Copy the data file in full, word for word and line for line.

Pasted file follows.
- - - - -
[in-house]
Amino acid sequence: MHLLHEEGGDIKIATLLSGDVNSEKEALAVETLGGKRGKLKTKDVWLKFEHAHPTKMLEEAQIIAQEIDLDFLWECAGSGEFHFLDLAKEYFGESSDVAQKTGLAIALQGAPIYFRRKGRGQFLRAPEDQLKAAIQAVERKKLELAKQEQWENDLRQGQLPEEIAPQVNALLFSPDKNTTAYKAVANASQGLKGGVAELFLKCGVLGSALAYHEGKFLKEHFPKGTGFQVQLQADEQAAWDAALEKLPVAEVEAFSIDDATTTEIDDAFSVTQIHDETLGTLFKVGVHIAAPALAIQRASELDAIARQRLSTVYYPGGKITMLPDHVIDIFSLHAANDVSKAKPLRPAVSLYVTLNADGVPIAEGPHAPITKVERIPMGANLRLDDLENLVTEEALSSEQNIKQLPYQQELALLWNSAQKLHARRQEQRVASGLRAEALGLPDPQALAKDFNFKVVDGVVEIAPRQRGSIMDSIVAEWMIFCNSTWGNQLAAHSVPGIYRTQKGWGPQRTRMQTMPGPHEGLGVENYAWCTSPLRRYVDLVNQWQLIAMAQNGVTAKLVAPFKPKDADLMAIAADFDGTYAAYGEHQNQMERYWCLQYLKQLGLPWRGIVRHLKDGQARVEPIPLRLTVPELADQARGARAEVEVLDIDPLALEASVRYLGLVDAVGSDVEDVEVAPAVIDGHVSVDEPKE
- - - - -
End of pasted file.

[in-house]
Amino acid sequence: MHLLHEEGGDIKIATLLSGDVNSEKEALAVETLGGKRGKLKTKDVWLKFEHAHPTKMLEEAQIIAQEIDLDFLWECAGSGEFHFLDLAKEYFGESSDVAQKTGLAIALQGAPIYFRRKGRGQFLRAPEDQLKAAIQAVERKKLELAKQEQWENDLRQGQLPEEIAPQVNALLFSPDKNTTAYKAVANASQGLKGGVAELFLKCGVLGSALAYHEGKFLKEHFPKGTGFQVQLQADEQAAWDAALEKLPVAEVEAFSIDDATTTEIDDAFSVTQIHDETLGTLFKVGVHIAAPALAIQRASELDAIARQRLSTVYYPGGKITMLPDHVIDIFSLHAANDVSKAKPLRPAVSLYVTLNADGVPIAEGPHAPITKVERIPMGANLRLDDLENLVTEEALSSEQNIKQLPYQQELALLWNSAQKLHARRQEQRVASGLRAEALGLPDPQALAKDFNFKVVDGVVEIAPRQRGSIMDSIVAEWMIFCNSTWGNQLAAHSVPGIYRTQKGWGPQRTRMQTMPGPHEGLGVENYAWCTSPLRRYVDLVNQWQLIAMAQNGVTAKLVAPFKPKDADLMAIAADFDGTYAAYGEHQNQMERYWCLQYLKQLGLPWRGIVRHLKDGQARVEPIPLRLTVPELADQARGARAEVEVLDIDPLALEASVRYLGLVDAVGSDVEDVEVAPAVIDGHVSVDEPKE